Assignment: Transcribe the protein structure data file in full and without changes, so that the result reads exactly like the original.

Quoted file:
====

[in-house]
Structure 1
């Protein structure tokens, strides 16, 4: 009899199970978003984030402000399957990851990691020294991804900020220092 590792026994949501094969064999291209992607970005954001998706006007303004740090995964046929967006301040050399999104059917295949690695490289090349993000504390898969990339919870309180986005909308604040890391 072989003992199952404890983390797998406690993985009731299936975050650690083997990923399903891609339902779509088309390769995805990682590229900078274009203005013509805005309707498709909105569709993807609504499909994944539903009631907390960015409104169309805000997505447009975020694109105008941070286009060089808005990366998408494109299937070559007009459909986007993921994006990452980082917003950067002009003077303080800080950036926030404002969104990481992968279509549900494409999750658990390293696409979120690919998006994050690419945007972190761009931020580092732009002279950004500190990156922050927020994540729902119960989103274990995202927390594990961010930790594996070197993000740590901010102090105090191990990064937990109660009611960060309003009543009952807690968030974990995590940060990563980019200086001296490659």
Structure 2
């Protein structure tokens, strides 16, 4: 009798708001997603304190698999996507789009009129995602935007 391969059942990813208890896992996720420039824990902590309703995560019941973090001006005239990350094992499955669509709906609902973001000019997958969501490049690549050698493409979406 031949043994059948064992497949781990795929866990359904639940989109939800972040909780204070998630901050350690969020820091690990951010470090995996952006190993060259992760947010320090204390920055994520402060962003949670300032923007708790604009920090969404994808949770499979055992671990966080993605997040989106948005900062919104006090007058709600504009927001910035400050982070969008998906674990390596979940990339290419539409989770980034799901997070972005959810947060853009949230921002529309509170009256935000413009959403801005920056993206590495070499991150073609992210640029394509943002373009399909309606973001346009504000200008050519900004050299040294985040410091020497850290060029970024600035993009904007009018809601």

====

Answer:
[in-house]
Structure 1
């Protein structure tokens, strides 16, 4: 009899199970978003984030402000399957990851990691020294991804900020220092 590792026994949501094969064999291209992607970005954001998706006007303004740090995964046929967006301040050399999104059917295949690695490289090349993000504390898969990339919870309180986005909308604040890391 072989003992199952404890983390797998406690993985009731299936975050650690083997990923399903891609339902779509088309390769995805990682590229900078274009203005013509805005309707498709909105569709993807609504499909994944539903009631907390960015409104169309805000997505447009975020694109105008941070286009060089808005990366998408494109299937070559007009459909986007993921994006990452980082917003950067002009003077303080800080950036926030404002969104990481992968279509549900494409999750658990390293696409979120690919998006994050690419945007972190761009931020580092732009002279950004500190990156922050927020994540729902119960989103274990995202927390594990961010930790594996070197993000740590901010102090105090191990990064937990109660009611960060309003009543009952807690968030974990995590940060990563980019200086001296490659």
Structure 2
């Protein structure tokens, strides 16, 4: 009798708001997603304190698999996507789009009129995602935007 391969059942990813208890896992996720420039824990902590309703995560019941973090001006005239990350094992499955669509709906609902973001000019997958969501490049690549050698493409979406 031949043994059948064992497949781990795929866990359904639940989109939800972040909780204070998630901050350690969020820091690990951010470090995996952006190993060259992760947010320090204390920055994520402060962003949670300032923007708790604009920090969404994808949770499979055992671990966080993605997040989106948005900062919104006090007058709600504009927001910035400050982070969008998906674990390596979940990339290419539409989770980034799901997070972005959810947060853009949230921002529309509170009256935000413009959403801005920056993206590495070499991150073609992210640029394509943002373009399909309606973001346009504000200008050519900004050299040294985040410091020497850290060029970024600035993009904007009018809601």